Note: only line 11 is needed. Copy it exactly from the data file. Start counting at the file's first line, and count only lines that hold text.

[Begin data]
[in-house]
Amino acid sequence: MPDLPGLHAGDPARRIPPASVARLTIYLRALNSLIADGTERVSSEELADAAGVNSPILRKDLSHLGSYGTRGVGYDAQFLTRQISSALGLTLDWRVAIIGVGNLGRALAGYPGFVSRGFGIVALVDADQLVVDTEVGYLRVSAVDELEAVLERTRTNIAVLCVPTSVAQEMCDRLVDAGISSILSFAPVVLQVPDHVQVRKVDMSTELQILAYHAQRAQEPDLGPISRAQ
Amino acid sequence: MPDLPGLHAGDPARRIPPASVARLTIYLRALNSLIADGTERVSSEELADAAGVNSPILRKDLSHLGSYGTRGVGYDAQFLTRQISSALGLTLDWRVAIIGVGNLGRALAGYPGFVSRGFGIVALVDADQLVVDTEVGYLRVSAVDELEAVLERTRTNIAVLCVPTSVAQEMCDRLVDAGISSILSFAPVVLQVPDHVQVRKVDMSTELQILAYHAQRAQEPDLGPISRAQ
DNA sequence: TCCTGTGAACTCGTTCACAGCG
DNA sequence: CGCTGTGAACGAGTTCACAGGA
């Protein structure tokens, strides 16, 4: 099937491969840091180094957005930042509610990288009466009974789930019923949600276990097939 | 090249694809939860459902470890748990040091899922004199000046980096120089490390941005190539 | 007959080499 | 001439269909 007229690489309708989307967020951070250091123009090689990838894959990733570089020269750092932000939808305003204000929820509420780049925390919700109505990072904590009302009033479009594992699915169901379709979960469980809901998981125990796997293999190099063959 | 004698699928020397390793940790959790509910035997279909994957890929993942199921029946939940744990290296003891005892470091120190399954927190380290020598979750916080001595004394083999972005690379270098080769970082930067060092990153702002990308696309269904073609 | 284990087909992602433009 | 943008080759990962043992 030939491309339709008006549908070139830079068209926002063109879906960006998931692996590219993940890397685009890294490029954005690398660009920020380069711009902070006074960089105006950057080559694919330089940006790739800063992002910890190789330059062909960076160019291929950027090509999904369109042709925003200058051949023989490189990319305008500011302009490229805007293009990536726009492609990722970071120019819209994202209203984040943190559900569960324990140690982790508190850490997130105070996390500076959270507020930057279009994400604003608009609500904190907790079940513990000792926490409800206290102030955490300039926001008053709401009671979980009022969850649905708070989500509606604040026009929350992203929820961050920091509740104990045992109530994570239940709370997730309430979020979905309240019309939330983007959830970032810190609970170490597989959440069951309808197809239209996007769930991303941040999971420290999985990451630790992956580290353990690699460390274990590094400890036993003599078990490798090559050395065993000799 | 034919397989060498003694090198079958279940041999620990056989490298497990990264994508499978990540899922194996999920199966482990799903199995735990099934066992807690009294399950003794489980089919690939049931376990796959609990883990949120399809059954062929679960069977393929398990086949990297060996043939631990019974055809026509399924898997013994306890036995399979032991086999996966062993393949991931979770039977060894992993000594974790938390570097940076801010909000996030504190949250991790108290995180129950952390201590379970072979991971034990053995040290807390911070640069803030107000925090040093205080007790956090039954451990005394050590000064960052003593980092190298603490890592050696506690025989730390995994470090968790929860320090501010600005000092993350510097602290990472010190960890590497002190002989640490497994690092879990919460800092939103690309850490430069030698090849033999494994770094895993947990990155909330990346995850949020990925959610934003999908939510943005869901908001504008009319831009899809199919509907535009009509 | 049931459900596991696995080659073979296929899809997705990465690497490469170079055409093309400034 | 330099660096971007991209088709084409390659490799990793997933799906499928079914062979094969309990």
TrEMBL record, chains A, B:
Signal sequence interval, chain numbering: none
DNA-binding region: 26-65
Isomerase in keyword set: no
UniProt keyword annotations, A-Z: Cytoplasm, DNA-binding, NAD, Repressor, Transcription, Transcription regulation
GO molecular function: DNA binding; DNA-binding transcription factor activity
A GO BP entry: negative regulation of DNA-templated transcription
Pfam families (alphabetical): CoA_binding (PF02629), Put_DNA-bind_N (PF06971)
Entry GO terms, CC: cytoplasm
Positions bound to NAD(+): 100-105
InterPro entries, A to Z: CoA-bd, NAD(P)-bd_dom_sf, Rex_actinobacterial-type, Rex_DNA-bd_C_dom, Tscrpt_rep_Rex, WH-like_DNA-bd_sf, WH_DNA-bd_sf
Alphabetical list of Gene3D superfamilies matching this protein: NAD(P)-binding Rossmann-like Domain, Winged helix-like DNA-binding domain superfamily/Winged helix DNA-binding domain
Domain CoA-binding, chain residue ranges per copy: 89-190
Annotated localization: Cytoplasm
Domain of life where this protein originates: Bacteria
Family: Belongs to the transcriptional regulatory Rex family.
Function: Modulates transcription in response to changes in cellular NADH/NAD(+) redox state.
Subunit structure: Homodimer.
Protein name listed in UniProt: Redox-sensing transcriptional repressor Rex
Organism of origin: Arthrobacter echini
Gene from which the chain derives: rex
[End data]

UniProt keyword annotations, A-Z: Cytoplasm, DNA-binding, NAD, Repressor, Transcription, Transcription regulation